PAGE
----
Carol, a 2015 romantic drama film starring Cate Blanchett, Rooney Mara, Sarah Paulson, and Kyle Chandler, is a touching tale of mutual attraction, sweet curiosity, heartache, and the thrill of a new relationship. Director Todd Haynes gorgeously adapts the film from Patricia Highsmith’s 1952 novel, “The Price of Salt,” which tells of a forbidden relationship between a shy young theatrical set designer and an older but refined housewife.
In the film, Therese Belivet (Mara) is a store assistant in Manhattan and an aspiring photographer who encounters Carol Aird (Cate Blanchett), an enchanting but saddened housewife, while she shops for a gift for her young daughter. After locking eyes, the two women are drawn together, intoxicated by one another’s quiet beauty and self-reliance. While Carol attempts to take some control back into her life during a messy divorce, Therese drifts through life, unsure of what she wants and determined not to draw attention to herself–at least, until she meets Carol. The woman stirs her creativity, and for the first time, Therese finds someone alluring and seductive. Meanwhile, Carol reaches a point where she doesn’t want to pretend anymore or “go against her grain.” She’s wise enough to keep herself aloof and unreachable to conform, but she allows herself a fleeting moment of vulnerability and happiness with Therese.
The two women fall deeply in love as they navigate a world that forbids such transgressions, and the film does an impeccable job of capturing their loneliness and desire through its green-grey shots of the cold and harsh city. Haynes lets the camera linger on the women and their longing glances and frames scenes through windows, mirrors, and doors, which almost distorts the women and makes them feel far away until the moment they are together.
There’s a rare vulnerability to the two women’s blossoming relationship as they experience joy together, a relief to be themselves, and frustration over a deeply homophobic society. Having not read the source material, I expected heartbreak and tragedy to plague the film. While there’s some heartbreak, the central conflict arises through Carol’s divorce from her husband, Harge (Chandler), who knows she’s a lesbian and who uses their daughter as a bargaining chip in his attempts to keep Carol as his wife.
It was nice to watch a film where the relationship feels organic, and the writing doesn’t force contrived plots to keep the characters apart. This isn’t an explosive or super melodramatic story with twists and turns; instead, it’s a respectful and profoundly artistic exploration of two women falling in love and enjoying each other’s company. The film isn’t heavy on romantic movie tropes like a vengeful ex-lover or secret revelations about a character’s past. Carol does have an ex-lover (Paulson), but she never sabotages Therese’s or Carol’s relationship, and a bond of loyalty and friendship still exists between the two women. The film doesn’t exploit the women’s sexuality or bodies for the male gaze, and Carol is seen mostly from the perspective of Therese, who’s allowed both sexual and creative awakenings.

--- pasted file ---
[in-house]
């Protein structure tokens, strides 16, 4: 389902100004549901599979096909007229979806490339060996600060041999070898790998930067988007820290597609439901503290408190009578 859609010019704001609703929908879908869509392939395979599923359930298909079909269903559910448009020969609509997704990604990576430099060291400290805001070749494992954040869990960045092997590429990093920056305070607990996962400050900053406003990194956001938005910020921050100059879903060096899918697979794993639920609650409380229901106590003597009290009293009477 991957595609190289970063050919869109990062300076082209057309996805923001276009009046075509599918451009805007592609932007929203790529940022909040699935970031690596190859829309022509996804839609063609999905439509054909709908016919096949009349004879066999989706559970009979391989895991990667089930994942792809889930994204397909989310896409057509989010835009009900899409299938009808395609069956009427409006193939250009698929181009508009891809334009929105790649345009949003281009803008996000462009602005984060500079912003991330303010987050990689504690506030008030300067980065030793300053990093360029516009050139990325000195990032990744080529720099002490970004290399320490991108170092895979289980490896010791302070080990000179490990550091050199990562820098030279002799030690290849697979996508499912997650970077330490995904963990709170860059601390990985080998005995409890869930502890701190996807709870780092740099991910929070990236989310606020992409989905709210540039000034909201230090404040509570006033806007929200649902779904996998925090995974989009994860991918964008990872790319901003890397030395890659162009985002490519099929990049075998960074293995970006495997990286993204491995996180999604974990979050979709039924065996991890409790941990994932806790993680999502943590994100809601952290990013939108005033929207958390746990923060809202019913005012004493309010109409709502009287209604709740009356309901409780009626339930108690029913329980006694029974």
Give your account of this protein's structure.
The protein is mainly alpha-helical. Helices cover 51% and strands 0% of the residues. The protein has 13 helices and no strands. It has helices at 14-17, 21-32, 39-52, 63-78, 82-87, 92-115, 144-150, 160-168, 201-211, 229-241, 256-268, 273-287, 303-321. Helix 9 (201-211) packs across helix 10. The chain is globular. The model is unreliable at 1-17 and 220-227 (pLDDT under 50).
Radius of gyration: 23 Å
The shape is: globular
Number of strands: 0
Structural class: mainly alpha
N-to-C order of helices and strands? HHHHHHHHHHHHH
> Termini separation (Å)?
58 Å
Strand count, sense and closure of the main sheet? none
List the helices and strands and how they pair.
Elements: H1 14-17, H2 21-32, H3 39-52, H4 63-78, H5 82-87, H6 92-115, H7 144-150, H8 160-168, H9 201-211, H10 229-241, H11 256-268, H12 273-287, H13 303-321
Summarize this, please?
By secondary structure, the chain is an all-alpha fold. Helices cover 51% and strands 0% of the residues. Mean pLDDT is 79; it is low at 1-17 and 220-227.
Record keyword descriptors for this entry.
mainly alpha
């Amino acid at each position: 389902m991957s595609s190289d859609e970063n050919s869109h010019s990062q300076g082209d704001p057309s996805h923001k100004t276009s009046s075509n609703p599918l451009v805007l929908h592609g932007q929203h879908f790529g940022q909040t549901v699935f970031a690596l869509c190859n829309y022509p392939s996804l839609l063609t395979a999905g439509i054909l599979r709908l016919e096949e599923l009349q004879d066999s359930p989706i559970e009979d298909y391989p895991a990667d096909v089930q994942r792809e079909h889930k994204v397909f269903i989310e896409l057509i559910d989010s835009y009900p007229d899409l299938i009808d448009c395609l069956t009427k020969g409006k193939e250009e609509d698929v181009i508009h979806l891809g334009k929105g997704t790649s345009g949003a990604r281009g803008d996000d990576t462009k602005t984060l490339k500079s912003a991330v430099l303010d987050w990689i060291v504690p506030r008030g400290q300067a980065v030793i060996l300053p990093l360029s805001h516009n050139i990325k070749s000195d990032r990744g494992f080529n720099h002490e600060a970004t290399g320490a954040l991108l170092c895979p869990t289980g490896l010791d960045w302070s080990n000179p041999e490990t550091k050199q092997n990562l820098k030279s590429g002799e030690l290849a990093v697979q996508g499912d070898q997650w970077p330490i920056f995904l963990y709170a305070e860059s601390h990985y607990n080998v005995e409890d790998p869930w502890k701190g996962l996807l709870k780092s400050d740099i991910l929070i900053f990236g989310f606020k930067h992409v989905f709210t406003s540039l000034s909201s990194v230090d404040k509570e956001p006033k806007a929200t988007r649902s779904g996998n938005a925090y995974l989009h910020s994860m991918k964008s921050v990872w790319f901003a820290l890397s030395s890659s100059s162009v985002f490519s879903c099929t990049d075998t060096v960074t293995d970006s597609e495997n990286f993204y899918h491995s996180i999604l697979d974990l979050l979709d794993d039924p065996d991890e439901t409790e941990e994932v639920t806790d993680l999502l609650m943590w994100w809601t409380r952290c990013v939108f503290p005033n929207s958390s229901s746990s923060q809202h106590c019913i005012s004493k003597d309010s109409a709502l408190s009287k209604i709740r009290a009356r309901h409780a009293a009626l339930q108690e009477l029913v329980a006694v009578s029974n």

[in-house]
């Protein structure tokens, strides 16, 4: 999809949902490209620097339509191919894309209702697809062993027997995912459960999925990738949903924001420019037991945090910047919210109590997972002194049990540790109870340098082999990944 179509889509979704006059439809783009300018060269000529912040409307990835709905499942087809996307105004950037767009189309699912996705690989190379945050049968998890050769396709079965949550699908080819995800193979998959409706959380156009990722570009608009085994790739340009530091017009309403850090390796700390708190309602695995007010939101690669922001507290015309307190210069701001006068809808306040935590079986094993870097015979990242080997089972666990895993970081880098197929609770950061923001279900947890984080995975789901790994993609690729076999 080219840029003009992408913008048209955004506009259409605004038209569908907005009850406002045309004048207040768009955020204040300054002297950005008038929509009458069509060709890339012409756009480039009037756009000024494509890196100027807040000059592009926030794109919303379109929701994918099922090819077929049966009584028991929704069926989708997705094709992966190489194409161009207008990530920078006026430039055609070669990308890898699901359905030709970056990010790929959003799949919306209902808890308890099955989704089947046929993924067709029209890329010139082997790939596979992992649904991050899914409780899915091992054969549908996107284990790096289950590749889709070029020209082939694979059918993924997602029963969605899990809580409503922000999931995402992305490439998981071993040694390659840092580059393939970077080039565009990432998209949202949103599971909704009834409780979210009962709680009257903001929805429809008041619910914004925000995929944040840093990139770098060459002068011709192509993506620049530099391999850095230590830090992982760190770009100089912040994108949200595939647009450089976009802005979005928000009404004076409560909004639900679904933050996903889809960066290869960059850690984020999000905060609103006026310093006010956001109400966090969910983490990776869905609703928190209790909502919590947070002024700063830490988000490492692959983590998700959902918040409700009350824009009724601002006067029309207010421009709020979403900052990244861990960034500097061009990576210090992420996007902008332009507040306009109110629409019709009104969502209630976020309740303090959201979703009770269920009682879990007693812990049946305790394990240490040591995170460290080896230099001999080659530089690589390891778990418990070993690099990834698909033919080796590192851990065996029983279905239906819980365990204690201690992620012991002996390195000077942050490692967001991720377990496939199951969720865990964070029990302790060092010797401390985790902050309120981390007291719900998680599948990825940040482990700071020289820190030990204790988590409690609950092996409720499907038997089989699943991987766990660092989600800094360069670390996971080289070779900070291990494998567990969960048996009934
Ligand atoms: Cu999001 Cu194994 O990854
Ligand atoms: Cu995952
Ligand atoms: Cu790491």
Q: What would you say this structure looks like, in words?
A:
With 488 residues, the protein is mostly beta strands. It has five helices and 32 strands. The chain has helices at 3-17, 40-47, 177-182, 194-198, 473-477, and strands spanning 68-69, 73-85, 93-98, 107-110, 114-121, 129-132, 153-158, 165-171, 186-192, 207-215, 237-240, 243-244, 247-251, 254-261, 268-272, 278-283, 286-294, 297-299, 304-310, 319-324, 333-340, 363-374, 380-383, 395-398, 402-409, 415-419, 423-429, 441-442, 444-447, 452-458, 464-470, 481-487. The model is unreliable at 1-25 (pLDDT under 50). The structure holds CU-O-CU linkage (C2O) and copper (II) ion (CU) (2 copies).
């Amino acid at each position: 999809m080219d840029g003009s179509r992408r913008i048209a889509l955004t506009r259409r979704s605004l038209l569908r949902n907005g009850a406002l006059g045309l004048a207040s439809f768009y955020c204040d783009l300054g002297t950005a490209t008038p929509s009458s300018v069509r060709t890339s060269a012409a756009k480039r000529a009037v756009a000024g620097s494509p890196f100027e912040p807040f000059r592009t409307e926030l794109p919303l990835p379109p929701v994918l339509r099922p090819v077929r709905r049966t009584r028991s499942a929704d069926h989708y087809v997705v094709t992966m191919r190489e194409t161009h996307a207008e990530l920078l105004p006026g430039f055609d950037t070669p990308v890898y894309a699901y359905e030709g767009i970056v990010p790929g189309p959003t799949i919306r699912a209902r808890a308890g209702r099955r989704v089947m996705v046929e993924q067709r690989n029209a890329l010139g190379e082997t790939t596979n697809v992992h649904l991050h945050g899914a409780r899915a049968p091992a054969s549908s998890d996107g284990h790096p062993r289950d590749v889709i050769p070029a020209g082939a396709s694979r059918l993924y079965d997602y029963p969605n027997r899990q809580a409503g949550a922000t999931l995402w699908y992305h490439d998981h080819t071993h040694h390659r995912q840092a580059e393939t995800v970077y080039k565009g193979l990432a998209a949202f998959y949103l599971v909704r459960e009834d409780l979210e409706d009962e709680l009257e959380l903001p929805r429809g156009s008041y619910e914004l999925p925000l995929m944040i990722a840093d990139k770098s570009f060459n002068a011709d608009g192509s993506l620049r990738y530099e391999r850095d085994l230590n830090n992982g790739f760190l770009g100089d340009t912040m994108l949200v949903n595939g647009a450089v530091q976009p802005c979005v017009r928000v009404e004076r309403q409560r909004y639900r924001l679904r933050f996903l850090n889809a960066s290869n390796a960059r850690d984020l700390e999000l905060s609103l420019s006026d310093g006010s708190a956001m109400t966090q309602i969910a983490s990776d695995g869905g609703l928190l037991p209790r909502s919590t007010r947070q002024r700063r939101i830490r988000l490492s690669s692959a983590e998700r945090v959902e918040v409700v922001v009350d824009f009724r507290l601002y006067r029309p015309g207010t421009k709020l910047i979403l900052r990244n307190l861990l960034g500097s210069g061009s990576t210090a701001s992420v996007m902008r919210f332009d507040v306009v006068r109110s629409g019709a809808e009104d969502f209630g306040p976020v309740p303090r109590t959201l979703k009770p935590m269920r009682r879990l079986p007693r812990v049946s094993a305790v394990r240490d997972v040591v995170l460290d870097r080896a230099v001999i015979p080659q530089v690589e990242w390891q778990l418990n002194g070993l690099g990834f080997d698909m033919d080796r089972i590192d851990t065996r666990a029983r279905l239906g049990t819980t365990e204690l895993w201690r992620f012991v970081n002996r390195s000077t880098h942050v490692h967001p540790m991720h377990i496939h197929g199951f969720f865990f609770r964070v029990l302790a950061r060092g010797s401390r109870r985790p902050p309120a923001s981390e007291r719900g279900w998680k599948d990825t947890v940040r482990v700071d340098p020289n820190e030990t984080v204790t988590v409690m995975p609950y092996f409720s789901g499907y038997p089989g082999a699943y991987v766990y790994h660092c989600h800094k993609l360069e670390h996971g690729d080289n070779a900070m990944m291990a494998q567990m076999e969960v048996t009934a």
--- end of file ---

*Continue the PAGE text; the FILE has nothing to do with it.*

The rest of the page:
Carol is an emotional work of art, and while the ending isn’t entirely bleak—Therese and Carol do end up together—there’s something heartbreaking in knowing they can’t openly express their love in public. Those of us in the LGBTQ+ community know the feeling of the “performance”—the pretending to be straight and conform—and the heartbreaking amounts of loneliness and isolation this invokes. There’s nothing more freeing in openly accepting and being yourself, especially if someone you love embarks on that journey with you, and Carol is a near-perfect reflection of that awakening.
“Carol raised her hand slowly and brushed her hair back, once on either side, and Therese smiled because the gesture was Carol, and it was Carol she loved and would always love. Oh, in a different way now because she was a different person, and it was like meeting Carol all over again, but it was still Carol and no one else. It would be Carol, in a thousand cities, a thousand houses, in foreign lands where they would go together, in heaven and in hell. Therese waited. Then as she was about to go to her, Carol saw her, seemed to stare at her incredulously a moment while Therese watched the slow smile growing, before her arm lifted suddenly, her hand waved a quick, eager greeting that Therese had never seen before. Therese walked toward her.”
― Patricia Highsmith, The Price of Salt
Have you seen Carol? Let me know what you thought of the movie in the comments. Check out my website for more movie reviews and all things pop culture, and thanks for following along. As always, stay nerdy!
BY MACK VELTMAN